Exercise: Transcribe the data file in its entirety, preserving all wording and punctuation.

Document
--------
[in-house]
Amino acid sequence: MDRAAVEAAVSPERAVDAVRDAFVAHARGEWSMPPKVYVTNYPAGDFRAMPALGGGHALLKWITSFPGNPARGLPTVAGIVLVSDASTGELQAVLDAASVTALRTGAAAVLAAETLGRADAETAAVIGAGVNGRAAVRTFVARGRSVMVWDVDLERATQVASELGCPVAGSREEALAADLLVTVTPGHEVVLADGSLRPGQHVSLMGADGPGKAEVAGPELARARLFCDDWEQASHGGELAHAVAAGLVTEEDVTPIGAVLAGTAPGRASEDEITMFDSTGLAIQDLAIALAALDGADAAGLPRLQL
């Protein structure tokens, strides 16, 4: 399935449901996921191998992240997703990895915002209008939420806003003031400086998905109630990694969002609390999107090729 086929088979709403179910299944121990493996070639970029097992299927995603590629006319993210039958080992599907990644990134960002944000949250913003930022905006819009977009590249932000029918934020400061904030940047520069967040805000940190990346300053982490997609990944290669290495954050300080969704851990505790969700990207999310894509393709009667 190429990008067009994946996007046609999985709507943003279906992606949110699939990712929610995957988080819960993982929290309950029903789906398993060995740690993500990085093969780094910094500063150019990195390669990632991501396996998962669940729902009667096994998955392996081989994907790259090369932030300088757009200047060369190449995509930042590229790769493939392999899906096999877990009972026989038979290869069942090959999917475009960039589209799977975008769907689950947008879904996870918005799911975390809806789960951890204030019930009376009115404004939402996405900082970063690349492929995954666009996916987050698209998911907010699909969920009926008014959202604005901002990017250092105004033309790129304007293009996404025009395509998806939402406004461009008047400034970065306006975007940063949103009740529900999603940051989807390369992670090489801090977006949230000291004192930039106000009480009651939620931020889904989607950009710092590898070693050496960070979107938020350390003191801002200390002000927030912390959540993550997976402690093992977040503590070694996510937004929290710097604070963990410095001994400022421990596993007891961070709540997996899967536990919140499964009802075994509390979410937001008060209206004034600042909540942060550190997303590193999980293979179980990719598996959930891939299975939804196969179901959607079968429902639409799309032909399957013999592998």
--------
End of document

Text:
[in-house]
Amino acid sequence: MDRAAVEAAVSPERAVDAVRDAFVAHARGEWSMPPKVYVTNYPAGDFRAMPALGGGHALLKWITSFPGNPARGLPTVAGIVLVSDASTGELQAVLDAASVTALRTGAAAVLAAETLGRADAETAAVIGAGVNGRAAVRTFVARGRSVMVWDVDLERATQVASELGCPVAGSREEALAADLLVTVTPGHEVVLADGSLRPGQHVSLMGADGPGKAEVAGPELARARLFCDDWEQASHGGELAHAVAAGLVTEEDVTPIGAVLAGTAPGRASEDEITMFDSTGLAIQDLAIALAALDGADAAGLPRLQL
């Protein structure tokens, strides 16, 4: 399935449901996921191998992240997703990895915002209008939420806003003031400086998905109630990694969002609390999107090729 086929088979709403179910299944121990493996070639970029097992299927995603590629006319993210039958080992599907990644990134960002944000949250913003930022905006819009977009590249932000029918934020400061904030940047520069967040805000940190990346300053982490997609990944290669290495954050300080969704851990505790969700990207999310894509393709009667 190429990008067009994946996007046609999985709507943003279906992606949110699939990712929610995957988080819960993982929290309950029903789906398993060995740690993500990085093969780094910094500063150019990195390669990632991501396996998962669940729902009667096994998955392996081989994907790259090369932030300088757009200047060369190449995509930042590229790769493939392999899906096999877990009972026989038979290869069942090959999917475009960039589209799977975008769907689950947008879904996870918005799911975390809806789960951890204030019930009376009115404004939402996405900082970063690349492929995954666009996916987050698209998911907010699909969920009926008014959202604005901002990017250092105004033309790129304007293009996404025009395509998806939402406004461009008047400034970065306006975007940063949103009740529900999603940051989807390369992670090489801090977006949230000291004192930039106000009480009651939620931020889904989607950009710092590898070693050496960070979107938020350390003191801002200390002000927030912390959540993550997976402690093992977040503590070694996510937004929290710097604070963990410095001994400022421990596993007891961070709540997996899967536990919140499964009802075994509390979410937001008060209206004034600042909540942060550190997303590193999980293979179980990719598996959930891939299975939804196969179901959607079968429902639409799309032909399957013999592998």